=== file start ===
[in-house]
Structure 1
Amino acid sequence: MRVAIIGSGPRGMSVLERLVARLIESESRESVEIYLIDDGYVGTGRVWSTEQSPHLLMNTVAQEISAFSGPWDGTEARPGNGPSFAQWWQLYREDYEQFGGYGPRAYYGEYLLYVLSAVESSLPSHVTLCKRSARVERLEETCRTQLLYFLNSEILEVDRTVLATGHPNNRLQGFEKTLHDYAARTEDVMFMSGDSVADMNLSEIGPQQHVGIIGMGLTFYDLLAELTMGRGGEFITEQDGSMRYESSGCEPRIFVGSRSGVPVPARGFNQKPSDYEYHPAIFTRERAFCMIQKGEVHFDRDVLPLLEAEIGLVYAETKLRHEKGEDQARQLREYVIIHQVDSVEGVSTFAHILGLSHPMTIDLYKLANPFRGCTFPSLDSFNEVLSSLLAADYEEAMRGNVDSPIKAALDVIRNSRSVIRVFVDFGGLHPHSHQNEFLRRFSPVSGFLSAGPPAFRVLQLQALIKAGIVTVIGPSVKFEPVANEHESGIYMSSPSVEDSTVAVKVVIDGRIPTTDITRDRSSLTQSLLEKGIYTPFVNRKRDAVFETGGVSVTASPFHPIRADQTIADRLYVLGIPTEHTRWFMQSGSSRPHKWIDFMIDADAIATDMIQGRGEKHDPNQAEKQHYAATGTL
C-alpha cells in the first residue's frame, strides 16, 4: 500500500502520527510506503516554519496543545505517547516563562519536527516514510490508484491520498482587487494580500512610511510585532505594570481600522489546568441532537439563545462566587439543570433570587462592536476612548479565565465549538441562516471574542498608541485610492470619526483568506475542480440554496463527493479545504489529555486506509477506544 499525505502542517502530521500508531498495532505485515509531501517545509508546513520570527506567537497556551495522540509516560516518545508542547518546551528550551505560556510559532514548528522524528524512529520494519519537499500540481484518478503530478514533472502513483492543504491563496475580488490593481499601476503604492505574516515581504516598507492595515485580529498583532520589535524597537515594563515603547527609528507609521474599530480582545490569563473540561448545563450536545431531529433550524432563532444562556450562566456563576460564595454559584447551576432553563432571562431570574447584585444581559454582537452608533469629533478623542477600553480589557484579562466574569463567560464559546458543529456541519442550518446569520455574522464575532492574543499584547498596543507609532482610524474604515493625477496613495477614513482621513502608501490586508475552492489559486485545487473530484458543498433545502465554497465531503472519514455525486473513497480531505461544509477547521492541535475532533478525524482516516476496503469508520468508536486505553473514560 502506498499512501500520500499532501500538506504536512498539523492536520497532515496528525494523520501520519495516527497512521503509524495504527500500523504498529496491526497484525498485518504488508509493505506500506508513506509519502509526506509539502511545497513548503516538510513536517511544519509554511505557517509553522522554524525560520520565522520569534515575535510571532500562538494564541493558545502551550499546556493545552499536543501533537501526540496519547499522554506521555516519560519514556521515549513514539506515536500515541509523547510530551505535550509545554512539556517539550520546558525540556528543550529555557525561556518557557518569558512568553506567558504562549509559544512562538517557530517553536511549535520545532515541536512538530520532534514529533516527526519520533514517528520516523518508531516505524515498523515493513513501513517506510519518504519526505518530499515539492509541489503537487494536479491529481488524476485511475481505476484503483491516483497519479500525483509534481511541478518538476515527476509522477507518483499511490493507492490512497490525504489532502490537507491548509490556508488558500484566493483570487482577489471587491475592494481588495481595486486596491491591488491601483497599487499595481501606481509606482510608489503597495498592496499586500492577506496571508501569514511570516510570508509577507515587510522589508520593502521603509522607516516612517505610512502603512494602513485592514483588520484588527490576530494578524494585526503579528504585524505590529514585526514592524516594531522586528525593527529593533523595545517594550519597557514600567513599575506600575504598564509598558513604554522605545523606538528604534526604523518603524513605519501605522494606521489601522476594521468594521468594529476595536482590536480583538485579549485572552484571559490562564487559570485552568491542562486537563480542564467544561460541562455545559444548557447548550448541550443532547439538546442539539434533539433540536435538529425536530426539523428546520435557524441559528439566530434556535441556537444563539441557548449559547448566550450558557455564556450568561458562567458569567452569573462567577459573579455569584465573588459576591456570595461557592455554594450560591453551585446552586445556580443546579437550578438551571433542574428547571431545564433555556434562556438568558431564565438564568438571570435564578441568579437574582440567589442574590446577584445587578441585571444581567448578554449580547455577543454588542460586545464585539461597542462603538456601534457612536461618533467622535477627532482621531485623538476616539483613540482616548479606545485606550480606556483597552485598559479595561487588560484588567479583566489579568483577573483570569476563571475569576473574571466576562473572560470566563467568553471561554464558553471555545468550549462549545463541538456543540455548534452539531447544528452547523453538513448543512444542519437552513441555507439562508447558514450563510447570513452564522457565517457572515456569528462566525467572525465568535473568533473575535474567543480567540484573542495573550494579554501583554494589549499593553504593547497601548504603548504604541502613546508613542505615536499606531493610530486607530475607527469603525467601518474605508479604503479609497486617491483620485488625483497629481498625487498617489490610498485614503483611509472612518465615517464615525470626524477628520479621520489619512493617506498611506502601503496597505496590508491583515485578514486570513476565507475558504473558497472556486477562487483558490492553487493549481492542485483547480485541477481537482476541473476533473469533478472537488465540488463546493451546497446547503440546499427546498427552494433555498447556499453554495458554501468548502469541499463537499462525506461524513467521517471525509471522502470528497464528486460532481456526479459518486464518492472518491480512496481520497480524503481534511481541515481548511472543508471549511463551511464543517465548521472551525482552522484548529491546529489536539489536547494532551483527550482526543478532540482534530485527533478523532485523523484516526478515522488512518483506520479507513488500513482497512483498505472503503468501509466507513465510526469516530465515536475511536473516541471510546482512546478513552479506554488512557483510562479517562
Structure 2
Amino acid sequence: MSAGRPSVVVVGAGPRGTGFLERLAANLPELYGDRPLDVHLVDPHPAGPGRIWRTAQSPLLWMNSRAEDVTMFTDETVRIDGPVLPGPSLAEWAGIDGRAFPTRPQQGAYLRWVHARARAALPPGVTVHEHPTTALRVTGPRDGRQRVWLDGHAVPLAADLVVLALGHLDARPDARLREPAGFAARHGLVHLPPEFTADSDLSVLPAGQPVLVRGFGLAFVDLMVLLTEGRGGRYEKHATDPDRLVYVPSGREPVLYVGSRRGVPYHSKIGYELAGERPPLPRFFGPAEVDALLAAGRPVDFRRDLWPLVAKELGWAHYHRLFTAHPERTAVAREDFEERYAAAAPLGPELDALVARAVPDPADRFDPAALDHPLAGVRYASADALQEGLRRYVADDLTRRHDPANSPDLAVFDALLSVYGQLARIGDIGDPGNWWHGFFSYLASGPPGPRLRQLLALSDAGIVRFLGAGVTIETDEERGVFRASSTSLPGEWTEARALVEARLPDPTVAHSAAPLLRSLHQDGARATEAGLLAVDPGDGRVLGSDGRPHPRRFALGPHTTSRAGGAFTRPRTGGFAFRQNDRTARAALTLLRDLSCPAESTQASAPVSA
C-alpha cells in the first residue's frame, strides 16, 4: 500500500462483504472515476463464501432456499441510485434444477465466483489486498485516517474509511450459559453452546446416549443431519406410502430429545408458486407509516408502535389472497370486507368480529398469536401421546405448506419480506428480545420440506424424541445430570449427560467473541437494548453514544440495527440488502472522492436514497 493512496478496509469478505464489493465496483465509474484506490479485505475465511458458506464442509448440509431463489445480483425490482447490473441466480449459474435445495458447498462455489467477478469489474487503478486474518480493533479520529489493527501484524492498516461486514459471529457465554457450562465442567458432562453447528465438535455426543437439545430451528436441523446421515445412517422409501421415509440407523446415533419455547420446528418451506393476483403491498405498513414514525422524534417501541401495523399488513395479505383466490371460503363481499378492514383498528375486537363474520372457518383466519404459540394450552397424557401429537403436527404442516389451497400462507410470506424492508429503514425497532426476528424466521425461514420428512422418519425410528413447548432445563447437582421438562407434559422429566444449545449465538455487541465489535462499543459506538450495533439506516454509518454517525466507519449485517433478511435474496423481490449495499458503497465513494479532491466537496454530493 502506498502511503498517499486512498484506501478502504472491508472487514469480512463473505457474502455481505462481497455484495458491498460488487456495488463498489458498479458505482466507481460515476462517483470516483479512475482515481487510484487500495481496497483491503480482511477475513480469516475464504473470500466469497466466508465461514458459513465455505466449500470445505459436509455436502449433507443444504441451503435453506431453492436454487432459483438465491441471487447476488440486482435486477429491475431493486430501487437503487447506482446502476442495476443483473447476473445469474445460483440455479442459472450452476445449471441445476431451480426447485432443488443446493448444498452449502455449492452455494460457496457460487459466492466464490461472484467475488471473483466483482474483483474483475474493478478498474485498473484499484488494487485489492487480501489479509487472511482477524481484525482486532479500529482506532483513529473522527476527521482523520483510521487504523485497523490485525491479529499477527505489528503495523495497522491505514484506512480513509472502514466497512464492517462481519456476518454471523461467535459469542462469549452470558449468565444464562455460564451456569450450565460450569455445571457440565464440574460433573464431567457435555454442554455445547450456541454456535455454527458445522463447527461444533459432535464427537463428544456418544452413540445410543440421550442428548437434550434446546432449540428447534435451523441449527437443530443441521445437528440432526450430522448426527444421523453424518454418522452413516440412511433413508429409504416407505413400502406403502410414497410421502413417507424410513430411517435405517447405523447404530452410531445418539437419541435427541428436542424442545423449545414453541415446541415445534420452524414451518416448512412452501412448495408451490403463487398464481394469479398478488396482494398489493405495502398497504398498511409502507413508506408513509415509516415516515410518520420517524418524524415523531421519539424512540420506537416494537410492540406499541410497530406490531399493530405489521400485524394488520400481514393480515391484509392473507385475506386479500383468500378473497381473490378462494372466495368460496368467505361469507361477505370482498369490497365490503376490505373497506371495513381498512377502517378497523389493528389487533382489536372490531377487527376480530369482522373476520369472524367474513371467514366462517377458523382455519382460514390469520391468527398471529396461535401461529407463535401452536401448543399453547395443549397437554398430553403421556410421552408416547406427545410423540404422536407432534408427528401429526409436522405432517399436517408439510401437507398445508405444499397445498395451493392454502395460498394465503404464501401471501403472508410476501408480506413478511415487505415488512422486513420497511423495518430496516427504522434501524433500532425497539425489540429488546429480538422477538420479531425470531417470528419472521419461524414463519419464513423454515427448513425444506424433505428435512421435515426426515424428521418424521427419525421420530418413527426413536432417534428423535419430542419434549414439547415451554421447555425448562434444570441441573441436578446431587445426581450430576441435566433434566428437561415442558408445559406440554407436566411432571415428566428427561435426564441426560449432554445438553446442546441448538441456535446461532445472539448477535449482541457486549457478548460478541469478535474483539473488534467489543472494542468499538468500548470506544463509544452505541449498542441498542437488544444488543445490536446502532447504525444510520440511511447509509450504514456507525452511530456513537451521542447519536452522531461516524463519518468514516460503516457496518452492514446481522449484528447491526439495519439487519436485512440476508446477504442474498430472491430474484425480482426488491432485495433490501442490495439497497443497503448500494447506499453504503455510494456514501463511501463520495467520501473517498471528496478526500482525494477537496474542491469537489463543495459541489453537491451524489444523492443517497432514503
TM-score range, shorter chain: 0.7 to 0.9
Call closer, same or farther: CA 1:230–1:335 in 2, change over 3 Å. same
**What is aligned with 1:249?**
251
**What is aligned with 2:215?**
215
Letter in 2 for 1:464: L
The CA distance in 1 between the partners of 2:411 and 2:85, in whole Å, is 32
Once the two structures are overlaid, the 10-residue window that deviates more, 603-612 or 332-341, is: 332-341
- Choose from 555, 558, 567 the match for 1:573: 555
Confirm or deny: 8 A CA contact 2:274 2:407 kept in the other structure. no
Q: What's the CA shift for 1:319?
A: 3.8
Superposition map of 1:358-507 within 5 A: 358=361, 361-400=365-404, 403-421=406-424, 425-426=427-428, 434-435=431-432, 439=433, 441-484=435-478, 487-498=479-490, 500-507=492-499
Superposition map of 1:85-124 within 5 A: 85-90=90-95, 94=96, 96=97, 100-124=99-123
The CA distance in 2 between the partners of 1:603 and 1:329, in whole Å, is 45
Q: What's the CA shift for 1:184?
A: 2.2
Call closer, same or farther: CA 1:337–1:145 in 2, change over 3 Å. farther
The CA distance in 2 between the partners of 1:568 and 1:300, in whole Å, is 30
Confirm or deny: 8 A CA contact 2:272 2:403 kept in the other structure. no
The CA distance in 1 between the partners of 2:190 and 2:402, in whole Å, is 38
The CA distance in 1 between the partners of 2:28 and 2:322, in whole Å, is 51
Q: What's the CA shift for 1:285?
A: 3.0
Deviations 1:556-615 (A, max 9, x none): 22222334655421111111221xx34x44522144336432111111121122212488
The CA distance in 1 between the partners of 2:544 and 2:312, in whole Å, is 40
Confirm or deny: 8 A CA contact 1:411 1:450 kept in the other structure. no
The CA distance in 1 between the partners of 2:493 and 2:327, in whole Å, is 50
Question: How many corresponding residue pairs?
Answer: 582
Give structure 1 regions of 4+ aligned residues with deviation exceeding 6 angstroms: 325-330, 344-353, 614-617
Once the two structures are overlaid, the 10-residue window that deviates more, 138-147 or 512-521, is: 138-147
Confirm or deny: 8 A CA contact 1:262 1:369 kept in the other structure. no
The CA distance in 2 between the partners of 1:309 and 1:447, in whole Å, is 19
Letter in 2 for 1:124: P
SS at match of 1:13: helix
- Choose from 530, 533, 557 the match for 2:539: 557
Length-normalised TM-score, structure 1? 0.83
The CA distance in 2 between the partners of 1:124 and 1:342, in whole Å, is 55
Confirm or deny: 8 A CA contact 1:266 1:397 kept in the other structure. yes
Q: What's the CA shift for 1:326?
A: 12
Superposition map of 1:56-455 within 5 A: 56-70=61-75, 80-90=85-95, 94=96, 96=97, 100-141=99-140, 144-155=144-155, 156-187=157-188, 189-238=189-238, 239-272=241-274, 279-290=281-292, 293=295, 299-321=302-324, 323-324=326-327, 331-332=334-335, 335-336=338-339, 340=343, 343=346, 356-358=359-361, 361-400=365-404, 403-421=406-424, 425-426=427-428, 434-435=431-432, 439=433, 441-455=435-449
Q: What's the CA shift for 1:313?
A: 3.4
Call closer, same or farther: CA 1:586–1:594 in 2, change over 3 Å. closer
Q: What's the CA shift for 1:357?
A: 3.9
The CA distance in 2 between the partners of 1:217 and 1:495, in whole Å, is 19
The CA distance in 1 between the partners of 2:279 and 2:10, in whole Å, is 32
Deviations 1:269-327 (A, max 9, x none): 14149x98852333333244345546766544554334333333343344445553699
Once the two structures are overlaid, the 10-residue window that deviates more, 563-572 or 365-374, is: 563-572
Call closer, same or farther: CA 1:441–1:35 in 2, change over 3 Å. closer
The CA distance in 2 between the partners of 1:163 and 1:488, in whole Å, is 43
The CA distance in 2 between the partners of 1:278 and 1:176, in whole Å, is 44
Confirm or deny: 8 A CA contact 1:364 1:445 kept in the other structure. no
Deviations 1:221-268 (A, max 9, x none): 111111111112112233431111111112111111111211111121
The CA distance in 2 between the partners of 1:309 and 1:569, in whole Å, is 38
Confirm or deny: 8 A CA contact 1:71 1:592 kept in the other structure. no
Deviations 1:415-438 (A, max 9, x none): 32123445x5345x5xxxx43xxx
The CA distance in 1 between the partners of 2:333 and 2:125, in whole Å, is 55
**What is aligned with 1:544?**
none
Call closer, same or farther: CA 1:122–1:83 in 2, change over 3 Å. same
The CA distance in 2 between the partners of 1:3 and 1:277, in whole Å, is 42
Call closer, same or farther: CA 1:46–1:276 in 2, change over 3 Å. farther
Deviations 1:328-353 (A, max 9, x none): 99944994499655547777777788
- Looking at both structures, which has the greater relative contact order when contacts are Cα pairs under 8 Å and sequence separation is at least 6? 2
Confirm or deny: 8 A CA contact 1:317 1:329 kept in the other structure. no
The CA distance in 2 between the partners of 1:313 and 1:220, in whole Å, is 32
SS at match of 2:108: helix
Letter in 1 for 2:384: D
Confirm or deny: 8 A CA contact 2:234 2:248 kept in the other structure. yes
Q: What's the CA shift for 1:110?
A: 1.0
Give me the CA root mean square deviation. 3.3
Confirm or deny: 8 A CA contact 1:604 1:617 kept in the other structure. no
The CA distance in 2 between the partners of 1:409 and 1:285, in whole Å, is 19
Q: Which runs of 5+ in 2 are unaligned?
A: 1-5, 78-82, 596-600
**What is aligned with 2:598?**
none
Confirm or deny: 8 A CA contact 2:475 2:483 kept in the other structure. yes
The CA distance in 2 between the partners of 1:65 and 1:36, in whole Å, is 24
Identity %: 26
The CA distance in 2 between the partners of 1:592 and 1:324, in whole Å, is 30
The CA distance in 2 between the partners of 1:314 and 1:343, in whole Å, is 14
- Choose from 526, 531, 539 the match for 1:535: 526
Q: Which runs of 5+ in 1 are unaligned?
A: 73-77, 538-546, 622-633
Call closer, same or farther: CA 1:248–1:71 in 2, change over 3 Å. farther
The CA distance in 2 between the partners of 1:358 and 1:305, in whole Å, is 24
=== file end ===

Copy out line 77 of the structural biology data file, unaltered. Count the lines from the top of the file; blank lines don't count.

Confirm or deny: 8 A CA contact 1:317 1:329 kept in the other structure. no